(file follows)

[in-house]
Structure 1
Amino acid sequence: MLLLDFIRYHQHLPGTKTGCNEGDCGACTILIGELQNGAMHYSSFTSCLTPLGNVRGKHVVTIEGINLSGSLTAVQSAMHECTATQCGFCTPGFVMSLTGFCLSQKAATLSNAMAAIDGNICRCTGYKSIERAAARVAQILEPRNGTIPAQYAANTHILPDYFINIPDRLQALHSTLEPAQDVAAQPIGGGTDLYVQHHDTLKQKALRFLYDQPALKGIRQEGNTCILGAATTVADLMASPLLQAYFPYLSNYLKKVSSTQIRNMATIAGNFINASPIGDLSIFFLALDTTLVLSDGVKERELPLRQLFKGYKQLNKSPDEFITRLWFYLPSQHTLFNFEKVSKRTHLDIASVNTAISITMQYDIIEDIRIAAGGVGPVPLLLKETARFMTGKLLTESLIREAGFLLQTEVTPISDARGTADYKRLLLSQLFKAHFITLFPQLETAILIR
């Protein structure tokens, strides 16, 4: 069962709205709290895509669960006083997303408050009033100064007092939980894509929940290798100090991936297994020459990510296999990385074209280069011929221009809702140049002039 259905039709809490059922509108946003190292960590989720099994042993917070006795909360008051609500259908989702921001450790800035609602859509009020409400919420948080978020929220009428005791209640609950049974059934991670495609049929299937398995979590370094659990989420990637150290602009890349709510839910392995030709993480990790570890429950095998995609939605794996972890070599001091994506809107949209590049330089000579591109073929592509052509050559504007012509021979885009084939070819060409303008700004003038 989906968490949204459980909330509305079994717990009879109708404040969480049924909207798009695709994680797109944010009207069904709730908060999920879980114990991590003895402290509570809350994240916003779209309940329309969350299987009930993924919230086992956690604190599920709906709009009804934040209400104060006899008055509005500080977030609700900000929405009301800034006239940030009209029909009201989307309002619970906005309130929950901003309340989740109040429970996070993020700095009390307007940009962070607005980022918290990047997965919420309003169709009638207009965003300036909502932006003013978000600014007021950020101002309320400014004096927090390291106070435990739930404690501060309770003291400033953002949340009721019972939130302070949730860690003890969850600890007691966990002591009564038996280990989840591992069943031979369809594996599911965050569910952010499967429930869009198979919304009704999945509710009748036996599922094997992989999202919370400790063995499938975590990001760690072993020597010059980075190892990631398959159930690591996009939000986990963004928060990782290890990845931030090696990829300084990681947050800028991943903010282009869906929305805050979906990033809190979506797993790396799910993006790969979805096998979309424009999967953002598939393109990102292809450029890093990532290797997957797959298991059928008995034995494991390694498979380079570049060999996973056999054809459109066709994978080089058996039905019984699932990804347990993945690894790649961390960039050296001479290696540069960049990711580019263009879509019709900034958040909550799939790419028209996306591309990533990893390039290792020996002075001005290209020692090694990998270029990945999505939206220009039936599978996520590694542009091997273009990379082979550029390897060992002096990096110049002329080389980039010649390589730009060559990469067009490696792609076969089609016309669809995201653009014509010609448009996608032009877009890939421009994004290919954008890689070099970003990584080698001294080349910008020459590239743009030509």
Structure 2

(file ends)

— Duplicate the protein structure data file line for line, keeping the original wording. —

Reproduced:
[in-house]
Structure 1
Amino acid sequence: MLLLDFIRYHQHLPGTKTGCNEGDCGACTILIGELQNGAMHYSSFTSCLTPLGNVRGKHVVTIEGINLSGSLTAVQSAMHECTATQCGFCTPGFVMSLTGFCLSQKAATLSNAMAAIDGNICRCTGYKSIERAAARVAQILEPRNGTIPAQYAANTHILPDYFINIPDRLQALHSTLEPAQDVAAQPIGGGTDLYVQHHDTLKQKALRFLYDQPALKGIRQEGNTCILGAATTVADLMASPLLQAYFPYLSNYLKKVSSTQIRNMATIAGNFINASPIGDLSIFFLALDTTLVLSDGVKERELPLRQLFKGYKQLNKSPDEFITRLWFYLPSQHTLFNFEKVSKRTHLDIASVNTAISITMQYDIIEDIRIAAGGVGPVPLLLKETARFMTGKLLTESLIREAGFLLQTEVTPISDARGTADYKRLLLSQLFKAHFITLFPQLETAILIR
């Protein structure tokens, strides 16, 4: 069962709205709290895509669960006083997303408050009033100064007092939980894509929940290798100090991936297994020459990510296999990385074209280069011929221009809702140049002039 259905039709809490059922509108946003190292960590989720099994042993917070006795909360008051609500259908989702921001450790800035609602859509009020409400919420948080978020929220009428005791209640609950049974059934991670495609049929299937398995979590370094659990989420990637150290602009890349709510839910392995030709993480990790570890429950095998995609939605794996972890070599001091994506809107949209590049330089000579591109073929592509052509050559504007012509021979885009084939070819060409303008700004003038 989906968490949204459980909330509305079994717990009879109708404040969480049924909207798009695709994680797109944010009207069904709730908060999920879980114990991590003895402290509570809350994240916003779209309940329309969350299987009930993924919230086992956690604190599920709906709009009804934040209400104060006899008055509005500080977030609700900000929405009301800034006239940030009209029909009201989307309002619970906005309130929950901003309340989740109040429970996070993020700095009390307007940009962070607005980022918290990047997965919420309003169709009638207009965003300036909502932006003013978000600014007021950020101002309320400014004096927090390291106070435990739930404690501060309770003291400033953002949340009721019972939130302070949730860690003890969850600890007691966990002591009564038996280990989840591992069943031979369809594996599911965050569910952010499967429930869009198979919304009704999945509710009748036996599922094997992989999202919370400790063995499938975590990001760690072993020597010059980075190892990631398959159930690591996009939000986990963004928060990782290890990845931030090696990829300084990681947050800028991943903010282009869906929305805050979906990033809190979506797993790396799910993006790969979805096998979309424009999967953002598939393109990102292809450029890093990532290797997957797959298991059928008995034995494991390694498979380079570049060999996973056999054809459109066709994978080089058996039905019984699932990804347990993945690894790649961390960039050296001479290696540069960049990711580019263009879509019709900034958040909550799939790419028209996306591309990533990893390039290792020996002075001005290209020692090694990998270029990945999505939206220009039936599978996520590694542009091997273009990379082979550029390897060992002096990096110049002329080389980039010649390589730009060559990469067009490696792609076969089609016309669809995201653009014509010609448009996608032009877009890939421009994004290919954008890689070099970003990584080698001294080349910008020459590239743009030509």
Structure 2